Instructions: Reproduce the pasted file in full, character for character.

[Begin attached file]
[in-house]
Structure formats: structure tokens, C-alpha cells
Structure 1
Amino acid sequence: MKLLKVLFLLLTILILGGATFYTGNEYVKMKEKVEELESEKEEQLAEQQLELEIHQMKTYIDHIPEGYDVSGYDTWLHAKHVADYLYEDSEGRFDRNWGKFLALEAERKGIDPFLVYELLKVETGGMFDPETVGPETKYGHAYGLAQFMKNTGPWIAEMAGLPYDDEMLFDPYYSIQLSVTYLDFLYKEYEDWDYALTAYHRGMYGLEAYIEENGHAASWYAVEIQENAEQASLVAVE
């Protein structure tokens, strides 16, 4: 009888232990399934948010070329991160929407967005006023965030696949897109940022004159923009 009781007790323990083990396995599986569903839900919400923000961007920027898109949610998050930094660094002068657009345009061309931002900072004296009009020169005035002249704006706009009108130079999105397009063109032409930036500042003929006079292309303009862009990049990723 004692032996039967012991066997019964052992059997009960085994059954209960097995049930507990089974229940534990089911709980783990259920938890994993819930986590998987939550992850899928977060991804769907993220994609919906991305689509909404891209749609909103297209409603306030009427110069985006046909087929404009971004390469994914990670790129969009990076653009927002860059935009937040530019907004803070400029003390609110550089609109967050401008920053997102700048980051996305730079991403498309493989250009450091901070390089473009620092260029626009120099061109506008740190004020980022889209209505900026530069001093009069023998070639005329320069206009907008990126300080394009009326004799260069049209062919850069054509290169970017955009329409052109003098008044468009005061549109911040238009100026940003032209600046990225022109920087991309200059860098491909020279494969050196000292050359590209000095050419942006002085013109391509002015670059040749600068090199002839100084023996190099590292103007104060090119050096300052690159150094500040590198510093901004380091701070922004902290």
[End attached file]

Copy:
[in-house]
Structure formats: structure tokens, C-alpha cells
Structure 1
Amino acid sequence: MKLLKVLFLLLTILILGGATFYTGNEYVKMKEKVEELESEKEEQLAEQQLELEIHQMKTYIDHIPEGYDVSGYDTWLHAKHVADYLYEDSEGRFDRNWGKFLALEAERKGIDPFLVYELLKVETGGMFDPETVGPETKYGHAYGLAQFMKNTGPWIAEMAGLPYDDEMLFDPYYSIQLSVTYLDFLYKEYEDWDYALTAYHRGMYGLEAYIEENGHAASWYAVEIQENAEQASLVAVE
């Protein structure tokens, strides 16, 4: 009888232990399934948010070329991160929407967005006023965030696949897109940022004159923009 009781007790323990083990396995599986569903839900919400923000961007920027898109949610998050930094660094002068657009345009061309931002900072004296009009020169005035002249704006706009009108130079999105397009063109032409930036500042003929006079292309303009862009990049990723 004692032996039967012991066997019964052992059997009960085994059954209960097995049930507990089974229940534990089911709980783990259920938890994993819930986590998987939550992850899928977060991804769907993220994609919906991305689509909404891209749609909103297209409603306030009427110069985006046909087929404009971004390469994914990670790129969009990076653009927002860059935009937040530019907004803070400029003390609110550089609109967050401008920053997102700048980051996305730079991403498309493989250009450091901070390089473009620092260029626009120099061109506008740190004020980022889209209505900026530069001093009069023998070639005329320069206009907008990126300080394009009326004799260069049209062919850069054509290169970017955009329409052109003098008044468009005061549109911040238009100026940003032209600046990225022109920087991309200059860098491909020279494969050196000292050359590209000095050419942006002085013109391509002015670059040749600068090199002839100084023996190099590292103007104060090119050096300052690159150094500040590198510093901004380091701070922004902290």